HOLT, Dec. 13, 2016—The annual December Geminid meteor shower will peak tonight around 2 a.m.
However, nature is conspiring against a viewing here in Holt with scattered thunderstorms and cloudy skies. And even without rain in the forecast, Dec. 14 is the full moon, so lunar light also works against an optimum viewing.
But peak means there’s other chances to view the celestial light show. This particular meteor shower started around the second week of December and lasts for a few days after the peak and scientists say moonlight won’t eliminate all the activity.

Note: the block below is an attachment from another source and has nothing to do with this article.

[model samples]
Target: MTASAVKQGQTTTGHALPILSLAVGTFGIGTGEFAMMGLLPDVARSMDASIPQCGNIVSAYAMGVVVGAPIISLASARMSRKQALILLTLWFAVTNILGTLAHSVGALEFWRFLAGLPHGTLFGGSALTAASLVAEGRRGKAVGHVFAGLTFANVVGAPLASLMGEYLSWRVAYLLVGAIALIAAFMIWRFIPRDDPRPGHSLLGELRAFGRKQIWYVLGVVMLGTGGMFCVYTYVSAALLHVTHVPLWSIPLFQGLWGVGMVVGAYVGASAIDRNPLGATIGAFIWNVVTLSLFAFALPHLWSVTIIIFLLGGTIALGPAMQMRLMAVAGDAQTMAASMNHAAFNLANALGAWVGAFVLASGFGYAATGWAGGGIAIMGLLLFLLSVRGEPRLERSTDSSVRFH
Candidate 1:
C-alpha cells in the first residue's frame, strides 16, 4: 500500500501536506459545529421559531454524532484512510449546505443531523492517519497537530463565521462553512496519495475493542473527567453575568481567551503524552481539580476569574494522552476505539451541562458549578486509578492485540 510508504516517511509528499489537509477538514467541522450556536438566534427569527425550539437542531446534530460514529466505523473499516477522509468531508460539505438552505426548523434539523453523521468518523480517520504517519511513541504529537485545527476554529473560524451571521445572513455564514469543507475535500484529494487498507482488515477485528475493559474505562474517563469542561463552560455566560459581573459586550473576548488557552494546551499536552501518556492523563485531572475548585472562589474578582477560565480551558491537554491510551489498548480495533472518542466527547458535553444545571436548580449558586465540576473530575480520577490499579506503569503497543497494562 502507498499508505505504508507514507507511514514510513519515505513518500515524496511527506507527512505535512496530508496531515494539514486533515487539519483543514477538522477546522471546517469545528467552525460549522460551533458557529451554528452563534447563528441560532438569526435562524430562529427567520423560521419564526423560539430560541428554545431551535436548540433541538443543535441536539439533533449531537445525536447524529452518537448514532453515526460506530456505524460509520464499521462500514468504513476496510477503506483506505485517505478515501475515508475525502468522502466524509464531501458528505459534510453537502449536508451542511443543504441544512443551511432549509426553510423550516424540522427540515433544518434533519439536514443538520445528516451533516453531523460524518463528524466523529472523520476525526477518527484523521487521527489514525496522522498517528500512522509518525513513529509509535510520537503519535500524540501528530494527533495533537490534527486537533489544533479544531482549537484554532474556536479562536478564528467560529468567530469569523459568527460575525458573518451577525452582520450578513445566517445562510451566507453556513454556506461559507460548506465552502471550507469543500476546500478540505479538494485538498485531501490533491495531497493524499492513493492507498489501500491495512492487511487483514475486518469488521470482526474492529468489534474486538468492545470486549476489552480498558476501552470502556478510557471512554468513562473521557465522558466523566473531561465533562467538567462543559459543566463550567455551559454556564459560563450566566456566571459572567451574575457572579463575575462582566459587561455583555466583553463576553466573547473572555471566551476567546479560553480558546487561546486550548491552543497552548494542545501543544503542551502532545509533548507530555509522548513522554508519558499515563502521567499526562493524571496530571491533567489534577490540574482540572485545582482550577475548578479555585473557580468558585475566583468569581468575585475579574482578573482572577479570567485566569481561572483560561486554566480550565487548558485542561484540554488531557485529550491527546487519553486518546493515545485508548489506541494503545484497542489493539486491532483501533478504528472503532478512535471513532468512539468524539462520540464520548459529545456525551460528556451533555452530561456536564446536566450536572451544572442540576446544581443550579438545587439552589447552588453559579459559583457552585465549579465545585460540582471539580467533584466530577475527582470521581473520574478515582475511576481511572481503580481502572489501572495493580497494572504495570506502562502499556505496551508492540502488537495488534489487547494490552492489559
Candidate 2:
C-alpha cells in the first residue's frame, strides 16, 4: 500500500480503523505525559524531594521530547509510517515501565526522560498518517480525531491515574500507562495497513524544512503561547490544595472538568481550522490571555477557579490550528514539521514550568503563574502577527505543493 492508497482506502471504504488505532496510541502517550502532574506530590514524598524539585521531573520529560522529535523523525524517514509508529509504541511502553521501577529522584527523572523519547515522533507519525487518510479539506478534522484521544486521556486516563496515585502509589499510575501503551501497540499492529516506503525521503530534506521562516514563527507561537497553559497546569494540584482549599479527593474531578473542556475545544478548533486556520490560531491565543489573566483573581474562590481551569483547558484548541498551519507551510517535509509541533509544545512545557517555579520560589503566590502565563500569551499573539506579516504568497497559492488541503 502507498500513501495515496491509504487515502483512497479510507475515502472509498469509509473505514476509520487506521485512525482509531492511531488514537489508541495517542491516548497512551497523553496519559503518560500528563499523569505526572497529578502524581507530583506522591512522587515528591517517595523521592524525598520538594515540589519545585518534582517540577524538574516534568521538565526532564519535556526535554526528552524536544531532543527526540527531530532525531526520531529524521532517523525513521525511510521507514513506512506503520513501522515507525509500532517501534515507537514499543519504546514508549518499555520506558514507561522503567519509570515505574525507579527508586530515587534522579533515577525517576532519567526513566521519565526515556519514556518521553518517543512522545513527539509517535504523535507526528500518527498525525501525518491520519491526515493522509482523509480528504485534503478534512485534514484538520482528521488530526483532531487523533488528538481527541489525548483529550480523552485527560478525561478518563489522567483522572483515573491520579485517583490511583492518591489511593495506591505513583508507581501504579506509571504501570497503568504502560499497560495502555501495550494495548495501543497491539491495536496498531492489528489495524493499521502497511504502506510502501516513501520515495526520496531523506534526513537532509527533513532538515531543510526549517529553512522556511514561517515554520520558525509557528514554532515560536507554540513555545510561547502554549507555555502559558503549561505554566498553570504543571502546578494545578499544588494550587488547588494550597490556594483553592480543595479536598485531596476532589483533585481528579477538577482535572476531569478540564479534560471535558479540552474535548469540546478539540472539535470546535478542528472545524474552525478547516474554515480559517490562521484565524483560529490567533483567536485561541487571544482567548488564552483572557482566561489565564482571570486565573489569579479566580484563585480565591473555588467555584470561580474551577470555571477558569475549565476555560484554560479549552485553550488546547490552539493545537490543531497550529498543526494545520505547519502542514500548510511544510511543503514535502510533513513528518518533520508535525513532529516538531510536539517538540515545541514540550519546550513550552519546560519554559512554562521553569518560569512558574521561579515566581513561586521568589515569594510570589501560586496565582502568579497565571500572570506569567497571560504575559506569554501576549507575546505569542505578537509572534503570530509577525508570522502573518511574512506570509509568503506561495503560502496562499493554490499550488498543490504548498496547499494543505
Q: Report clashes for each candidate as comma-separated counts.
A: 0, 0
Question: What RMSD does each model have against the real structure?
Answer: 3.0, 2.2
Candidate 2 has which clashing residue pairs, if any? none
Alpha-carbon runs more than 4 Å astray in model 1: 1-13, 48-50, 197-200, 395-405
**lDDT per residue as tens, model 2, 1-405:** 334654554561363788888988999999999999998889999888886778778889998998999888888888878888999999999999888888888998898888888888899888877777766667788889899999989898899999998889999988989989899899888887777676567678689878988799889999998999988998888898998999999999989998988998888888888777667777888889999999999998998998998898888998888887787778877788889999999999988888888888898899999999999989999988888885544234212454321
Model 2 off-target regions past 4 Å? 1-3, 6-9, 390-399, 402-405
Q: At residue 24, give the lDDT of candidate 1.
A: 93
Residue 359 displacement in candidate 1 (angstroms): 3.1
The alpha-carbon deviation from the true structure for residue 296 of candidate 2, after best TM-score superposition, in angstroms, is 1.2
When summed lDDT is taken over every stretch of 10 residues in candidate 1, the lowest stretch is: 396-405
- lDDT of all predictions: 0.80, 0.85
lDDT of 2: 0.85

The shower has a slow start in early evening hours, but intensifies during late hours of darkness.
The showers are named after the constellation Gemini because they appear to originate from there; however, they scatter across the sky, so being able to locate Gemini is not a requirement.
Every year, the earth passes through the orbital path of asteroid 3200 Phaethon. As the asteroid crosses Mercury’s orbit and nears the sun, the rock cracks and crumbles, scattering debris into Earth’s upper atmosphere causing the flameouts seen as meteorites.
Grab a blanket, lawn chair or stretch out in that favorite hammock, lean back and enjoy the show. It takes about 20 minutes in the dark for eyes to adjust to the darkness, so plan plenty of viewing time.